On December 1, 1969, a second lottery, identical in process to the first, was held with the 26 letters of the alphabet.[20] The first letter drawn was "J", which was assigned number 1.[20] The second letter was "G", and so on, until all 26 letters were assigned numbers.[20] Among men with the same birthdate, the order of induction was determined by the ranks of the first letters of their last, first, and middle names.[21] An eligible man with initials "JJJ" would have been first within the shared birthdate, followed by "JGJ", "JDJ", and "JXJ"; anyone with initials "VVV" would have been last.[22]

SSS Draft scatter plot of the days of the year (horizontal) and their lottery numbers (vertical). December birthdays (far right) were assigned many low numbers (bottom), representing early induction, and few high numbers (top).

The outcome of the draft process was the subject of controversy. As with any truly random process, the results of the draft were not evenly distributed and appeared to cluster together, and it happened that November and December births, or numbers 306 to 366, were assigned mainly to lower draft order numbers representing earlier calls to serve. This led to complaints that the lottery was not truly random as the legislation required. Only five days in December—December 2, 12, 15, 17, and 19—were higher than the last call number of 195. Had the days been evenly distributed, 14 days in December would have been expected to remain uncalled. From January to December, the rank of the average draft pick numbers were 5, 4, 1, 3, 2, 6, 8, 9, 10, 7, 11, and 12. A Monte Carlo simulation found that the probability of a random order of months being this close to the 1–12 sequence expected for unsorted slips was 0.09%.[23] An analysis of the procedure suggested that "The capsules were put in a box month by month, January through December, and subsequent mixing efforts were insufficient to overcome this sequencing".[21]

Aftermath and modification[edit]

The draft lottery had social and economic consequences because it generated further resistance to military service. Those who resisted were generally young, well-educated, healthy men. Reluctance to serve in Vietnam led many young men to try to join the National Guard, state-based military reserve forces, as they were aware that the National Guard would be less likely to send soldiers to the war in Vietnam.[24]p. 51 Many men were unable to join the National Guard even though they had passed their physicals, because many state National Guards had long waiting lists to enlist.[24]p. 51. Others chose to serve in military branches like the Navy or the Coast Guard as to avoid active combat.[24]p. 54 Still other men chose legal sanctions such as imprisonment,[24]p. 62 showing their disapproval by illegally burning their draft cards or draft letters,[24]p. 63 or simply not presenting themselves for military service. Others left the country, usually moving to Canada.[24]p. 71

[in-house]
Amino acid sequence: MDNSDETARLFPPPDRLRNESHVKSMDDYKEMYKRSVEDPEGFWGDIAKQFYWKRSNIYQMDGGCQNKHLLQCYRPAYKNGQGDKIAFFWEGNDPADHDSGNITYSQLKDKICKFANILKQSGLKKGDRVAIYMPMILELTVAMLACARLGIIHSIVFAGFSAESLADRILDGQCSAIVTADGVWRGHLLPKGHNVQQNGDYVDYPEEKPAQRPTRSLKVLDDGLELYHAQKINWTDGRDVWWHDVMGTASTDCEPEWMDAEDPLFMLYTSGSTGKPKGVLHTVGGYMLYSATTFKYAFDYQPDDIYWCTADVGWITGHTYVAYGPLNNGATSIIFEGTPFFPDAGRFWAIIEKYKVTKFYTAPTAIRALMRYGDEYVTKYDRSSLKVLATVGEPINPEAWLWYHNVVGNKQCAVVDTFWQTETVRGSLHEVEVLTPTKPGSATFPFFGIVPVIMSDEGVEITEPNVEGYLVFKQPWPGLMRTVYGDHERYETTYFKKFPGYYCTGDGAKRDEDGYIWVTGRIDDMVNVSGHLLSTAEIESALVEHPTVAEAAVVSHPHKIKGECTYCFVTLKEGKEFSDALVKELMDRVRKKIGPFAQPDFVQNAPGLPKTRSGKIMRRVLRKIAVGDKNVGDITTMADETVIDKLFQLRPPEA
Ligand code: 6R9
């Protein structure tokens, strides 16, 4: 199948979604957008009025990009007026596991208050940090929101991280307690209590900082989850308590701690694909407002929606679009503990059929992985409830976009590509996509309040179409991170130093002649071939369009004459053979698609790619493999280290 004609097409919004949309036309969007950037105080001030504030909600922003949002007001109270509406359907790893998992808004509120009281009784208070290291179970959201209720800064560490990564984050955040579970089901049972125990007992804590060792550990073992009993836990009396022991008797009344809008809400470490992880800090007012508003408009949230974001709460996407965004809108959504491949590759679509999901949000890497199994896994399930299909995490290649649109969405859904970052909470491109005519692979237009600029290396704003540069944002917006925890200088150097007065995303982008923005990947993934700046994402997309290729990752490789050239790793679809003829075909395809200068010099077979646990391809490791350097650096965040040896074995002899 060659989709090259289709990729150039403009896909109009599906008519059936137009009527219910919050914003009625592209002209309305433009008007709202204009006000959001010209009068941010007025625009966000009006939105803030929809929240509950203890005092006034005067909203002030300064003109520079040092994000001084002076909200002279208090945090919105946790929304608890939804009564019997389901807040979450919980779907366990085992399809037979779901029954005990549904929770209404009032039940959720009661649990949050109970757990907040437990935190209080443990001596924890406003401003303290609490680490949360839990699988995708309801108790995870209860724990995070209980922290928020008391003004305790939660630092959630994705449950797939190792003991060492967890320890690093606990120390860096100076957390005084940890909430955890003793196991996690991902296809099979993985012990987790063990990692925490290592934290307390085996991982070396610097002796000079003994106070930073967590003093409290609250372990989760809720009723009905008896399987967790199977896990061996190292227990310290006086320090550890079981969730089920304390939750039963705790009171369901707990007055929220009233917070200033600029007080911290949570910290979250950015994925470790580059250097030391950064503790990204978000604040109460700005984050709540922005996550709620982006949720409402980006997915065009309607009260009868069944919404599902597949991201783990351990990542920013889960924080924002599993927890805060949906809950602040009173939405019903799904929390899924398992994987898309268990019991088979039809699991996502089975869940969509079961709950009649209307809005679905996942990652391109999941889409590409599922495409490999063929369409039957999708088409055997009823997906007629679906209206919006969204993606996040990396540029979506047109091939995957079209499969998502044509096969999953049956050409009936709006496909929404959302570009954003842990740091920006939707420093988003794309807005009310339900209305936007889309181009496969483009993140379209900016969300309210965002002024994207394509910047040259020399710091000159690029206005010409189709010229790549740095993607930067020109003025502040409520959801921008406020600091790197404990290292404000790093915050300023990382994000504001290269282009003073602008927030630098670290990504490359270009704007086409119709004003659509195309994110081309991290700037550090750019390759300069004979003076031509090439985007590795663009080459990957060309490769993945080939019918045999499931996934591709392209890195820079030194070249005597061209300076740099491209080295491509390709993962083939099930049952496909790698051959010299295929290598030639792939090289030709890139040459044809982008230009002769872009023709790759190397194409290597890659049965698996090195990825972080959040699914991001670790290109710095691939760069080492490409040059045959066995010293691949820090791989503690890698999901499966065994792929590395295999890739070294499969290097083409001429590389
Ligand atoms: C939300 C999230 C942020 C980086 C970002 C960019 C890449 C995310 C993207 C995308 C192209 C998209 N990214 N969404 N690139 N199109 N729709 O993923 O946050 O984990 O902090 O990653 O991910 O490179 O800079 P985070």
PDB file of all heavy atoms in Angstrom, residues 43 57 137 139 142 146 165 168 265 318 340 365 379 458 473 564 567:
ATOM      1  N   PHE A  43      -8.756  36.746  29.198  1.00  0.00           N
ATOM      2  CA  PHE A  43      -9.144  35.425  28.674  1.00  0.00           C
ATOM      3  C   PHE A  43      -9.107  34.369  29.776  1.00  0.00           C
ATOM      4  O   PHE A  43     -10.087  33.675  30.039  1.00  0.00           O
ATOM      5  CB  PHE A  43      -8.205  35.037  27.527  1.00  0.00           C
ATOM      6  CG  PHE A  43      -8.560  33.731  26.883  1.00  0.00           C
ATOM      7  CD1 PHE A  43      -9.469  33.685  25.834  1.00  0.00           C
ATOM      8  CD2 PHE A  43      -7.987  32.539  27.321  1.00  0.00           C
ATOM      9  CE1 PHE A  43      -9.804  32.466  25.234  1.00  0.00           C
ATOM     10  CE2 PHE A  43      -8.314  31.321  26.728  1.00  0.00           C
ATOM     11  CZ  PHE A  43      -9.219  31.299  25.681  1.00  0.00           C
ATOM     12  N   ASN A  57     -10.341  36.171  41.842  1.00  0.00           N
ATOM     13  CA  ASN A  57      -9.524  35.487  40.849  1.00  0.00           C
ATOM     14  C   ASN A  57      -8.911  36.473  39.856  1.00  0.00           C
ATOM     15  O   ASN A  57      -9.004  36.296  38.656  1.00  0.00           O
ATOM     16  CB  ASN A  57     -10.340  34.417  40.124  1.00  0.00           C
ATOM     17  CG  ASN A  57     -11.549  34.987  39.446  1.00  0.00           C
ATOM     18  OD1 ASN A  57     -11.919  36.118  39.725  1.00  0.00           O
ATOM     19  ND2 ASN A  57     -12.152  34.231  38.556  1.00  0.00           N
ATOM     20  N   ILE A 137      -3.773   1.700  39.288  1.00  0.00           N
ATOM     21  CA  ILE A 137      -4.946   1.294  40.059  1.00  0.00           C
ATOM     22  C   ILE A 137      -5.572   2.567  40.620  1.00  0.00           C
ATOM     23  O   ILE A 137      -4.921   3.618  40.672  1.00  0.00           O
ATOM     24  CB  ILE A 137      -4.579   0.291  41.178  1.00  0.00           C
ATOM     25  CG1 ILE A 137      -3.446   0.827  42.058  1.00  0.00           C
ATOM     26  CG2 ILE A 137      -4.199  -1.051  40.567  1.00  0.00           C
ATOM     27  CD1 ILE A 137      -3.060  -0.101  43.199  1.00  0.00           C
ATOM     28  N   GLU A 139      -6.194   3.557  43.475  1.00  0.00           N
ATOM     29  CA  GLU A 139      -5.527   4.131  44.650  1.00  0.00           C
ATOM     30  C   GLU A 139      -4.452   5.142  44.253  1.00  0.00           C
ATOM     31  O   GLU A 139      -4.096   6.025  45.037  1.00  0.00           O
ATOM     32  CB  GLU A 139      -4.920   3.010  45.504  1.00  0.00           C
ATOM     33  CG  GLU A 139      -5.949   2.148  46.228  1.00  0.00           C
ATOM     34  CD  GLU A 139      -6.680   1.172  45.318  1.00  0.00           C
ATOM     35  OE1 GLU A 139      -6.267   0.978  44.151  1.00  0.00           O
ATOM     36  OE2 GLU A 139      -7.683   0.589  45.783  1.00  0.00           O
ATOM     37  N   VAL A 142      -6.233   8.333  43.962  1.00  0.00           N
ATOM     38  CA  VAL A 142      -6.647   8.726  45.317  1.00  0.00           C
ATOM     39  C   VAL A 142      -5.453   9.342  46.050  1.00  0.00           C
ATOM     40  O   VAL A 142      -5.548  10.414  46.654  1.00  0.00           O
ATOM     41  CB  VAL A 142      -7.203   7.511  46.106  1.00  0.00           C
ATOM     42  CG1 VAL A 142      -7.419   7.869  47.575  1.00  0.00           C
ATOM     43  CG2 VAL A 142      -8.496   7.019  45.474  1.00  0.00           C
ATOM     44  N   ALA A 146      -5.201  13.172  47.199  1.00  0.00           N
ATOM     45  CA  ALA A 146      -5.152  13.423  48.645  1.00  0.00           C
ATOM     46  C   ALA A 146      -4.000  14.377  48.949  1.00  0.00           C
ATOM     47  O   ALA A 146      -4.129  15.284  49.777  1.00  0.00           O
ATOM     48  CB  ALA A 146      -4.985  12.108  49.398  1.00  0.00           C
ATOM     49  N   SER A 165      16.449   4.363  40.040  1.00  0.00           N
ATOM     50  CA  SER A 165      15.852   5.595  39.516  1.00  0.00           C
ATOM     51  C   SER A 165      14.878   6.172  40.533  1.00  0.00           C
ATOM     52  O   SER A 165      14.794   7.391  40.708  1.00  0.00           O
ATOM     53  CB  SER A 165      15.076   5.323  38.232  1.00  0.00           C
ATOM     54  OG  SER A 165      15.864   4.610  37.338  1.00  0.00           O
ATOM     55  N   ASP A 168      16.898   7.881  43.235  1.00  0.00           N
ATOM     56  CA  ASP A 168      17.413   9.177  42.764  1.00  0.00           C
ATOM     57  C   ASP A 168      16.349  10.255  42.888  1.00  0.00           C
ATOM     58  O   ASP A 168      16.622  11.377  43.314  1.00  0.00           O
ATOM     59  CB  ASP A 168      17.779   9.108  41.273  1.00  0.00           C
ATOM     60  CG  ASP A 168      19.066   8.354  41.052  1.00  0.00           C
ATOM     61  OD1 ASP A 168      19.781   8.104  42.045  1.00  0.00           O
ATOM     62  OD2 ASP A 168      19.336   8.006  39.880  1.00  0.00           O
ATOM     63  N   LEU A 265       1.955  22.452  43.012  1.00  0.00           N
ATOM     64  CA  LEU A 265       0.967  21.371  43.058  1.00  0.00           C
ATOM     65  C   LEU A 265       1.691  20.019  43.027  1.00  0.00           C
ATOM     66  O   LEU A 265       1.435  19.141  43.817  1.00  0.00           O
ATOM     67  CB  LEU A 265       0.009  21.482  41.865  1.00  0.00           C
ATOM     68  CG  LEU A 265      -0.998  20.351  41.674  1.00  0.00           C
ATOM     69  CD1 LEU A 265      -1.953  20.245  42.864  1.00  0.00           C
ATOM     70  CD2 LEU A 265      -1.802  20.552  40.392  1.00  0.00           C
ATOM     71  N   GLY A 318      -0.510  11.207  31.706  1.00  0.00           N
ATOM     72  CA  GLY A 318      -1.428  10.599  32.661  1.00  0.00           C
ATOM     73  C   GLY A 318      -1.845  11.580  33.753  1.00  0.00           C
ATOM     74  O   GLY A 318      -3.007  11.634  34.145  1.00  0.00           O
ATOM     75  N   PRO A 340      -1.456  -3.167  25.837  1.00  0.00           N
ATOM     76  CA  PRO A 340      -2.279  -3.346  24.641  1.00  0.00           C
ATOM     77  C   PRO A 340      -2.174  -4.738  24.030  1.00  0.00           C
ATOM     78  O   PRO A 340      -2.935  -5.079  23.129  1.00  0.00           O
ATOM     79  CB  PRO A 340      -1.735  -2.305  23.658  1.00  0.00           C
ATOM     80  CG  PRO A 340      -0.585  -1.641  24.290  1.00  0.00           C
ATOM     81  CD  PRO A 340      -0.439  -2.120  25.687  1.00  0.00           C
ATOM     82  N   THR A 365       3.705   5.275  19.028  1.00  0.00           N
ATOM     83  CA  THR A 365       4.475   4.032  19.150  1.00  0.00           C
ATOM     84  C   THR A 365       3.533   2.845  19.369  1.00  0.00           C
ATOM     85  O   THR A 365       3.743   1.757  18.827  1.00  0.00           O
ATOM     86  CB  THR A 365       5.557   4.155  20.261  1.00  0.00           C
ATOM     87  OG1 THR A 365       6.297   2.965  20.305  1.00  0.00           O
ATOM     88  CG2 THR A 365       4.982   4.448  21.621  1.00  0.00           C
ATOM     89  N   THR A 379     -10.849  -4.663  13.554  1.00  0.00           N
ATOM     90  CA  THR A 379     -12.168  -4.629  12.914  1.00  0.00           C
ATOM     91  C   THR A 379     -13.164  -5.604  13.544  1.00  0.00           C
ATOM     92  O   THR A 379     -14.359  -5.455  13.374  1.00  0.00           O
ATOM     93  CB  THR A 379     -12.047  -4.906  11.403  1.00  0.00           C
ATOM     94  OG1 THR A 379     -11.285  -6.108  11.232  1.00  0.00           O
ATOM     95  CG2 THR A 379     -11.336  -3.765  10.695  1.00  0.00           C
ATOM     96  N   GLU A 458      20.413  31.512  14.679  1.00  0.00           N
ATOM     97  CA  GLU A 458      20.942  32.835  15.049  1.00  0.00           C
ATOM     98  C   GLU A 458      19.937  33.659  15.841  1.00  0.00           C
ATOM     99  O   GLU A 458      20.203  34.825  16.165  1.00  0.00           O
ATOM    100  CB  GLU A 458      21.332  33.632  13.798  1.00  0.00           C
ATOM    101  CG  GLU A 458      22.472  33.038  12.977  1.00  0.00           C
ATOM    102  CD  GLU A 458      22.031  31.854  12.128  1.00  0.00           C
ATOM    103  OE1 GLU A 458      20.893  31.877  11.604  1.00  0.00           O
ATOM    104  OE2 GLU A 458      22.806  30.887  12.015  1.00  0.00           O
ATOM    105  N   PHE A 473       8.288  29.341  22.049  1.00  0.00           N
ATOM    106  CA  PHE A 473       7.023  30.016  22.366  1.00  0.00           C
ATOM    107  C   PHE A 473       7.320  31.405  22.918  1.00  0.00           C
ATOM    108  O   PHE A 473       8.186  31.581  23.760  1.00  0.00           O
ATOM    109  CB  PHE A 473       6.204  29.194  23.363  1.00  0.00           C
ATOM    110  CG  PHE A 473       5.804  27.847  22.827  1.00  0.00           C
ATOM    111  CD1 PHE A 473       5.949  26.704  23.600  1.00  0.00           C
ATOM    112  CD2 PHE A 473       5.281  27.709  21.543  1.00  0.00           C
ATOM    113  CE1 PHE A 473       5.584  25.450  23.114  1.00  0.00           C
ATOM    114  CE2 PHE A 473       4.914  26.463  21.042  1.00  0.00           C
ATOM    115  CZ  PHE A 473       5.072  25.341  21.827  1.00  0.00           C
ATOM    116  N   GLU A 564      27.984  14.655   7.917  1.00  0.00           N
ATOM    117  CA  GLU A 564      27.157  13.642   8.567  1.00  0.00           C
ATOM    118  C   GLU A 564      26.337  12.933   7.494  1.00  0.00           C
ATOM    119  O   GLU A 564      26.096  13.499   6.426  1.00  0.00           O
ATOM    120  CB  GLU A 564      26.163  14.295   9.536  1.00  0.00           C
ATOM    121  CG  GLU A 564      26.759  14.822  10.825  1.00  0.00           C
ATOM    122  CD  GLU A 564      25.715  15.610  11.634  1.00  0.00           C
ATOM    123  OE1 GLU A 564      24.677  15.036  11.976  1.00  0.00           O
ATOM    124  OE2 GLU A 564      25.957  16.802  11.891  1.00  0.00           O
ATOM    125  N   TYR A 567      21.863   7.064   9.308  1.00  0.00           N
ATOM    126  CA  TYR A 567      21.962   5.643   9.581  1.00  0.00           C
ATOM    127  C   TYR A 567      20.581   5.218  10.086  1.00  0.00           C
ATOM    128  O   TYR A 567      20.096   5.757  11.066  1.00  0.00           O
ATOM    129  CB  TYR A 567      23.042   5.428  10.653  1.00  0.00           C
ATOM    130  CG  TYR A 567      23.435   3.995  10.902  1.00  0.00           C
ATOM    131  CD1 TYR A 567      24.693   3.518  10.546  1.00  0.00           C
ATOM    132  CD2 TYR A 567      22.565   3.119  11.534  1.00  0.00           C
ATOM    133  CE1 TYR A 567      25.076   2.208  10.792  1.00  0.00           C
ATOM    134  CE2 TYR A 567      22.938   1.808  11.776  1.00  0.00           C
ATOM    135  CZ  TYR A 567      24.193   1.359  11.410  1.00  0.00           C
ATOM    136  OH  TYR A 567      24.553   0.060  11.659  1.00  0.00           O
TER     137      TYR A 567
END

The 1960s were a time of turmoil in the United States, beginning with the civil rights movement which set the standards for practices by the anti-war movement. The 1969 draft lottery only encouraged resentment of the Vietnam War and the draft. It strengthened the anti-war movement,[25] and all over the United States, people decried discrimination by the draft system "against low-education, low-income, underprivileged members of society".[26] The lottery procedure was improved the next year although public discontent continued to grow.[27]

For the draft lottery held on July 1, 1970 (which covered 1951 birthdates for use during 1971, and is sometimes called the 1971 draft), scientists at the National Bureau of Standards prepared 78 random permutations of the numbers 1 to 366 using random numbers selected from published tables.[28] From the 78 permutations, 25 were selected at random and transcribed to calendars using 1 = January 1, 2 = January 2, ... 365 = December 31. Those calendars were sealed in envelopes. Twenty-five more permutations were selected and sealed in 25 more envelopes without transcription to calendars. The two sets of 25 envelopes were furnished to the Selective Service System.[28]

On June 2, an official picked two envelopes, thus one calendar and one raw permutation. The 365 birthdates (for 1951) were written down, placed in capsules, and put in a drum in the order dictated by the selected calendar. Similarly, the numbers from 1 to 365 were written down and placed into capsules in the order dictated by the raw permutation.[28]

On July 1, the drawing date, one drum was rotated for an hour and the other for a half-hour (its rotating mechanism failed).[28] Pairs of capsules were then drawn, one from each drum, one with a 1951 birthdate and one with a number 1 to 366. The first date and number drawn were September 16 and 139, so all men born September 16, 1951, were assigned draft number 139. The 11th draws were the date July 9 and the number 1, so men born July 9 were assigned draft number 1 and drafted first.[28]